Magazine - November 2002

In publication since 1982, IFLR has become the trusted source for in-house counsel and law firms specialising in financial law.

Cover Story

  • Anti-terror laws: US rectifies banking chaos

    US efforts to shut down terrorist financing by forcing domestic banks to re-examine their dealings with foreign equivalents threw the industry into disarray last year. New finalized rules bring order to the confusion. Brian Volkman explains


  • What Sarbanes-Oxley means for banking due diligence

    Underwriters as well as issuers should consider the effects of America's corporate governance clean-up. James Bartos and David Beveridge discuss the implications for banks of recent legislation

  • How trade finance has fallen from favour

    Trade financiers have traditionally assumed they will be treated more favourably than other creditors by countries in financial difficulty. According to a study carried out by Torys, this is no-longer true. By Gilbert Samberg

  • Basel Committee reveals blueprint for new Accord

    The international financial community now has its first chance to review proposed changes to the Basel Capital Accord. Chris Bates answers some of the questions bankers may have

  • US governance reform clashes with German practice

    German companies listed in the US will find it tough to reconcile differences between their traditional practices and the requirements of American corporate governance reforms. By John Palenberg, Ward Greenberg and Gabriele Apfelbacher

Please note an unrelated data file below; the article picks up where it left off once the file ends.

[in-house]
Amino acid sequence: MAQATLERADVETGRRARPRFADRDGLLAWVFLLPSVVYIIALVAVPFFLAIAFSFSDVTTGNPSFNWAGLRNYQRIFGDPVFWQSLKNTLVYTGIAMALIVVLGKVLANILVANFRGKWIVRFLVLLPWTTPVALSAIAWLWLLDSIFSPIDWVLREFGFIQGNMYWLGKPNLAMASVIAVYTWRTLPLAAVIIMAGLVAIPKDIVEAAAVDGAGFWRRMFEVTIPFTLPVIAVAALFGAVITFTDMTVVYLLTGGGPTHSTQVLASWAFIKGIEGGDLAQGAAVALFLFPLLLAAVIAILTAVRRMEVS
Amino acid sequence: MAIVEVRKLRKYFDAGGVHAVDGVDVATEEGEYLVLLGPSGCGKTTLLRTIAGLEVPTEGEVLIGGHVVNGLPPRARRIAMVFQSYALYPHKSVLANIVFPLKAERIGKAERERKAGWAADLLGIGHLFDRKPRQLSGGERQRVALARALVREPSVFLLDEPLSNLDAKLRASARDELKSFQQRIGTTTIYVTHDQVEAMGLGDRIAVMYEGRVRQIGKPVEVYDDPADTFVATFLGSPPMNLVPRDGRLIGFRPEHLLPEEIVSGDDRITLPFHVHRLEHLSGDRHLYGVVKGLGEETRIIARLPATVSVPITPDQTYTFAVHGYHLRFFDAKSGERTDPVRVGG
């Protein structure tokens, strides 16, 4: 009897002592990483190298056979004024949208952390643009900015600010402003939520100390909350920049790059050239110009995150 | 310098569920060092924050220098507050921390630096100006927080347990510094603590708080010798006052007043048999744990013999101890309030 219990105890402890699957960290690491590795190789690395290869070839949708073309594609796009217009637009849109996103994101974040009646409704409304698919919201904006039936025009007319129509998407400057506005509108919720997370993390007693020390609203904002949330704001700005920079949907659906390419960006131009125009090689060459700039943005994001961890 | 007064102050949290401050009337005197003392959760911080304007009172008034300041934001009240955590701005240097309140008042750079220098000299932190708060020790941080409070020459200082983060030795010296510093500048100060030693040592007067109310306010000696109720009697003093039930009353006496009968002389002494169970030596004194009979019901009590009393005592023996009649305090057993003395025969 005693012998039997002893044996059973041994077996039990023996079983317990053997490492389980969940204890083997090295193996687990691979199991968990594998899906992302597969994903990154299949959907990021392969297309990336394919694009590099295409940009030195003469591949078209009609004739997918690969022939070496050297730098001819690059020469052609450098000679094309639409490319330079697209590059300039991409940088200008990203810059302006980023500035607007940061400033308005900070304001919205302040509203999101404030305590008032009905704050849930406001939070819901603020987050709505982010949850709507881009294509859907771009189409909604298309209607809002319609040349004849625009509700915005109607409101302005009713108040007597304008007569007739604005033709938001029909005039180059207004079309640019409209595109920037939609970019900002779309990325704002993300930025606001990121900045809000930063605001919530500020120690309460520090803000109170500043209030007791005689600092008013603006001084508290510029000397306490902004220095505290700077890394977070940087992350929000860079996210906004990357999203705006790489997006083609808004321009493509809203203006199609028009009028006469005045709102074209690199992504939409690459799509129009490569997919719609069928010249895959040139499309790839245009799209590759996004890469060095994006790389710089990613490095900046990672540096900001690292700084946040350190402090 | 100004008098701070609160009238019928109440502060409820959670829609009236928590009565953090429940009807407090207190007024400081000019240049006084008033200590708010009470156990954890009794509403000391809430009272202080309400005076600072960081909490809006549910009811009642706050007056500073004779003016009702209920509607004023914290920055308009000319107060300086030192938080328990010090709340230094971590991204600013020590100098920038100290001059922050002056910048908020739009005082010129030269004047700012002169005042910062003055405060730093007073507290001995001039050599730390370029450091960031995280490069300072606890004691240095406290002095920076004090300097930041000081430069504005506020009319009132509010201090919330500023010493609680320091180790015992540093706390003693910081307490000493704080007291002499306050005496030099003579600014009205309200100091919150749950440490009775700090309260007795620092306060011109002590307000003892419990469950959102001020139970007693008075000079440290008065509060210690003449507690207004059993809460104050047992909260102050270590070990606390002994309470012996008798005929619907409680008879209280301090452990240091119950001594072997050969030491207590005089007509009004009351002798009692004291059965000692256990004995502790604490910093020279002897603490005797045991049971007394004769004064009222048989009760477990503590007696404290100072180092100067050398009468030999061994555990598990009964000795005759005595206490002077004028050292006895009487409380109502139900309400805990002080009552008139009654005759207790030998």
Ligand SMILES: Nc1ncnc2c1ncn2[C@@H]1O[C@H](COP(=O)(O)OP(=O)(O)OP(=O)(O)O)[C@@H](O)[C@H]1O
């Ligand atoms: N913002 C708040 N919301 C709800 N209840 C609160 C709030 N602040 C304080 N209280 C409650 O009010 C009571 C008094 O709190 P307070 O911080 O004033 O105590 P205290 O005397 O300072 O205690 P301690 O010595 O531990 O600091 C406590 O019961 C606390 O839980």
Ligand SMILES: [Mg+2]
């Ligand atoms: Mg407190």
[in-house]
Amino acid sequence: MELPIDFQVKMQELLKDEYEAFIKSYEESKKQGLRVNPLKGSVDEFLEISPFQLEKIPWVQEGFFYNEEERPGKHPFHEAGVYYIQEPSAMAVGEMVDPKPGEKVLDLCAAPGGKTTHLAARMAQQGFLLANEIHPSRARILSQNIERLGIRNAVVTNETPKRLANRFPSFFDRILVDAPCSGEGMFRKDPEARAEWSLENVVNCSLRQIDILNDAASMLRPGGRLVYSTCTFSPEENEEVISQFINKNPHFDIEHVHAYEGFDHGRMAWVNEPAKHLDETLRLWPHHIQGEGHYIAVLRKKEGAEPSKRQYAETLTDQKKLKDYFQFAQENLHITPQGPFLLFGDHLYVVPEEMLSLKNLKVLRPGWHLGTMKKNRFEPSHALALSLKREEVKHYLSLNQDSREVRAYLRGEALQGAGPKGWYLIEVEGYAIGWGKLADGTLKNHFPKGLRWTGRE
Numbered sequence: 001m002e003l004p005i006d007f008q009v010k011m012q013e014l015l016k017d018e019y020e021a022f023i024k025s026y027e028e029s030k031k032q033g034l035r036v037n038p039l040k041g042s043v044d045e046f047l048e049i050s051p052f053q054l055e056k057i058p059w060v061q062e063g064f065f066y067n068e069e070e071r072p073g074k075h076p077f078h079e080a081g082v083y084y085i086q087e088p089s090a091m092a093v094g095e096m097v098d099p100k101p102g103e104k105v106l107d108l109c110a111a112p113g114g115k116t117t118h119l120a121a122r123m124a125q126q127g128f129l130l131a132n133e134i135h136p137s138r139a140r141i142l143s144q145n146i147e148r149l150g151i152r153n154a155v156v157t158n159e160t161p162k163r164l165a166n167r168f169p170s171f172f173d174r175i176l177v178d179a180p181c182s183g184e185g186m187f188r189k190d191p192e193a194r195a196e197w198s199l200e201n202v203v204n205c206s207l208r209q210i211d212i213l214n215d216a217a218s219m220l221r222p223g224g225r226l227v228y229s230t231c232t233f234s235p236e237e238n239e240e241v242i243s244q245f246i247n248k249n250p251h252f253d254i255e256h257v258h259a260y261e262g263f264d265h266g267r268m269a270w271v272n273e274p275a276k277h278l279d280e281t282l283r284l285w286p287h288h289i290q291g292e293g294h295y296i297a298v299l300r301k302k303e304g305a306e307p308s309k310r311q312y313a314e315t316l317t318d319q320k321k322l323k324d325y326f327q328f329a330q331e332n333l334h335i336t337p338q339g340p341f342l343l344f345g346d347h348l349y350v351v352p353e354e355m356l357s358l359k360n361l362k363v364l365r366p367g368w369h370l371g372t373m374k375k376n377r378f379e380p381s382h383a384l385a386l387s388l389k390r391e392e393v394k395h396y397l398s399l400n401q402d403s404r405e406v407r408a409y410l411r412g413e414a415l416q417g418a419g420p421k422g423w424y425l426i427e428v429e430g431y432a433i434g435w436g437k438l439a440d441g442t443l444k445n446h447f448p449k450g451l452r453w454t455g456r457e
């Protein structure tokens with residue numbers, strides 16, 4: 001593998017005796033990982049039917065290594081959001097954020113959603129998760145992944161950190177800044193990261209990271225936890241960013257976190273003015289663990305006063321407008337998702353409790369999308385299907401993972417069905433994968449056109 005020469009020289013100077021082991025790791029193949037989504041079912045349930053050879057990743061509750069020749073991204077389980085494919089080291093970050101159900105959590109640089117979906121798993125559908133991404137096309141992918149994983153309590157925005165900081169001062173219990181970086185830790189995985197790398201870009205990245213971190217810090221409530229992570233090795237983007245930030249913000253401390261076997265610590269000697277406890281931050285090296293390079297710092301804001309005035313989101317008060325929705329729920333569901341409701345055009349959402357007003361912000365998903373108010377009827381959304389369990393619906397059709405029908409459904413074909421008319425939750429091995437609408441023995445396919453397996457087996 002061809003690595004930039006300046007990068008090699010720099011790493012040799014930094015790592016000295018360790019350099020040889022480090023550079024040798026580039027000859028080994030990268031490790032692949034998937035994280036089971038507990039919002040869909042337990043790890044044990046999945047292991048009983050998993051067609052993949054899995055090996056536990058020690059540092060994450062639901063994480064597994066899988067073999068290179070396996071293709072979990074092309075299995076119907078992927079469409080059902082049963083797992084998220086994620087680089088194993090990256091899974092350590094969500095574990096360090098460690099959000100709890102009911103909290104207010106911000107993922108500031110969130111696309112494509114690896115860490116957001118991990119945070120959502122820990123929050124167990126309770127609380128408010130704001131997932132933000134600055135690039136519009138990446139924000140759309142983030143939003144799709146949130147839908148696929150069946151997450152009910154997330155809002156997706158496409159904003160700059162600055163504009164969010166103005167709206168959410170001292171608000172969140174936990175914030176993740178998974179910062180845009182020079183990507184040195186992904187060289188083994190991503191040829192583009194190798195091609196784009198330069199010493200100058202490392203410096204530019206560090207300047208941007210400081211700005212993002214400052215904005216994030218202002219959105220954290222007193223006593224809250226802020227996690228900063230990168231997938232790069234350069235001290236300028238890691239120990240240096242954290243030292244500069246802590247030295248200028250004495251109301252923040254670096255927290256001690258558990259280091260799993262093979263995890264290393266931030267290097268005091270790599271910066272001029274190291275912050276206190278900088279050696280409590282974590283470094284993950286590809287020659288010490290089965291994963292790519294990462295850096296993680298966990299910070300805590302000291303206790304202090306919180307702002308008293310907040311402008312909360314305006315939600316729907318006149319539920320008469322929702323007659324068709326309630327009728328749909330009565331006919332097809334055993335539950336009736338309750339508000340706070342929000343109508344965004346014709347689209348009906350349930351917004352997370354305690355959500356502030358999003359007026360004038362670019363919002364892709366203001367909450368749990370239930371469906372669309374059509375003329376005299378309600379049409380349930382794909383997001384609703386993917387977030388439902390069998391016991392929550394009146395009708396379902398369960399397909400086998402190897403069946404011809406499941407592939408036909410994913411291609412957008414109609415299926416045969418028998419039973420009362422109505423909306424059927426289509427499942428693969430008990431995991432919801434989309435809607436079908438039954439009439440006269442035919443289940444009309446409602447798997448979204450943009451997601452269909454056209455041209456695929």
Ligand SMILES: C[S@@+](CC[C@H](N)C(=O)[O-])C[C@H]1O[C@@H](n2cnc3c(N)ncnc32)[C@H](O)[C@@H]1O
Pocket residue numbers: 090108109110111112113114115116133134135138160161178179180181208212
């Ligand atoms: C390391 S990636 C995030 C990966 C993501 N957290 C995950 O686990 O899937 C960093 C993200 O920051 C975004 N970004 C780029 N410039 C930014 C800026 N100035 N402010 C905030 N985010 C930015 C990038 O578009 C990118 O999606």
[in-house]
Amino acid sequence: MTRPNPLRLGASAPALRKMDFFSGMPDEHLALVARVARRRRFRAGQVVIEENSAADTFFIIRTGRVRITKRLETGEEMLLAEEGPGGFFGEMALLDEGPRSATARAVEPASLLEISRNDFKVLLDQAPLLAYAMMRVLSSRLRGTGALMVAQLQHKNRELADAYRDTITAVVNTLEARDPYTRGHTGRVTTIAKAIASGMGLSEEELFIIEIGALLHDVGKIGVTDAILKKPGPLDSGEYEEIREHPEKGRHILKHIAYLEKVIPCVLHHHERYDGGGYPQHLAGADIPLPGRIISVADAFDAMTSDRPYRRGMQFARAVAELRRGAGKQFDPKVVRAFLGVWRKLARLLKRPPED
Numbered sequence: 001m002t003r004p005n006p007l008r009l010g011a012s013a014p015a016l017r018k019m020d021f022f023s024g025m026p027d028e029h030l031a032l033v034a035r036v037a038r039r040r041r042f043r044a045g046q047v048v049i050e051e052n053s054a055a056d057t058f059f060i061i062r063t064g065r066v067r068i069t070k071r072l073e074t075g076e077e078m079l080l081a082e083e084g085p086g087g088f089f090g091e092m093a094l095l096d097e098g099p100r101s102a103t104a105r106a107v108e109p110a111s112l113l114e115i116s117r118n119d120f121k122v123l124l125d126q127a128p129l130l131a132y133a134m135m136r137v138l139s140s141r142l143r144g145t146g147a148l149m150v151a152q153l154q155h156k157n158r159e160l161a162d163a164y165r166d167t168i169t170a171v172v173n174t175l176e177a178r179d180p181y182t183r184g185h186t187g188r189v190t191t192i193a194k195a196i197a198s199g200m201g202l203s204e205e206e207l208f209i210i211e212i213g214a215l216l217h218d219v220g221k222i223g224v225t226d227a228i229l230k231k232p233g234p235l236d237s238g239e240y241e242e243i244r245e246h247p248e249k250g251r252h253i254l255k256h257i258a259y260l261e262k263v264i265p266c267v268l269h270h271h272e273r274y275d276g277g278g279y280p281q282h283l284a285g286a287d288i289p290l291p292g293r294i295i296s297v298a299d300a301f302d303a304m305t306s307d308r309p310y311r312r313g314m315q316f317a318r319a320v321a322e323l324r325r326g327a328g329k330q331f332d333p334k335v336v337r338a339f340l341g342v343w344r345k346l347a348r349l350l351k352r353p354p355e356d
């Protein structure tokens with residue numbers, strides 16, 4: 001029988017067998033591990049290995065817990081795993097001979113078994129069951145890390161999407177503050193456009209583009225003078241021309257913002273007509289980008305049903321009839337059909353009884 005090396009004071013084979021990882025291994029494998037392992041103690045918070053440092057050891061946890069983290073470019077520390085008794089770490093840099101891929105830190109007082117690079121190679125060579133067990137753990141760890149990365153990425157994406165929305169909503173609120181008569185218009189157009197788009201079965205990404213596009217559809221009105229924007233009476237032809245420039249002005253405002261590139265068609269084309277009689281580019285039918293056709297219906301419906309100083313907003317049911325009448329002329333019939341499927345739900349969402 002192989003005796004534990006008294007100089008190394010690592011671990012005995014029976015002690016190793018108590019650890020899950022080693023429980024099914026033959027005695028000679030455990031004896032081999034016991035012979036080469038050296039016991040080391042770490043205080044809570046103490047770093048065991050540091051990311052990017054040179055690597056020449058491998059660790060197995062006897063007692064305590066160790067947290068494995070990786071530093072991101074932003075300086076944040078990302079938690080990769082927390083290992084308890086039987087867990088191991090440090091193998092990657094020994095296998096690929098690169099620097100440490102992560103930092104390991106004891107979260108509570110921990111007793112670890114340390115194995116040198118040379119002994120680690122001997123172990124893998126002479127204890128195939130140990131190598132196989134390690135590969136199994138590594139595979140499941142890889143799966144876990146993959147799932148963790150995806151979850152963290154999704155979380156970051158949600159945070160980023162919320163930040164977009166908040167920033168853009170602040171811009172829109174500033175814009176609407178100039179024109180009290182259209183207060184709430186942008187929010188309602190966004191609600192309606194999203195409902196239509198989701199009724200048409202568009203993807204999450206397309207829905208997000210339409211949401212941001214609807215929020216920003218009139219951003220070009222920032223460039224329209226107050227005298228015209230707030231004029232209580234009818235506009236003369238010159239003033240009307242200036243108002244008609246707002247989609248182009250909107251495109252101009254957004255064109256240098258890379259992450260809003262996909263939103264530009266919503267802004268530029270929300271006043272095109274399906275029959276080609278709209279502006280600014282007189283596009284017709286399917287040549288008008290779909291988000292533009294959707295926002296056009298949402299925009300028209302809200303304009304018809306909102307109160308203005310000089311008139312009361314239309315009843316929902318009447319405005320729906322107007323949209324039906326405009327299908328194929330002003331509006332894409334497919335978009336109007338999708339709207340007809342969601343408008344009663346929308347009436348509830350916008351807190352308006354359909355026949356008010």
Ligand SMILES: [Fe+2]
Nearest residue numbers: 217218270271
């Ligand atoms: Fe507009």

• Why central Europe's roads stay broken

    Money from the EU to improve central Europe's broken-down infrastructure will make less difference than lawyers might hope. Tom Williams reports

  • Taking a second look at China's M&A rules

    Overseas investors queuing up to buy Chinese targets, following the imposition of new M&A rules, may end up disappointed. By Teresa Ko

  • Preparing for Australia's tough banking standards

    Australian banks have less than a year to comply with the country’s new code of practice. Ros Grady reports

  • The flaw in Korea's fair disclosure regime

    Regulators in South Korea have introduced rules intended to swell the flow of corporate information to shareholders. Yet the new regime could have precisely the opposite effect, say Woong-Soon Song and Sang Man Kim

  • Korea and Taiwan follow Japan's securitization path

    In the second of two articles, Tim Lester, Mohammed Asaria and Udo van der Linden consider the future for asset-backed finance in Korea and Taiwan as both countries strive to learn from the progress of neighbouring Japan

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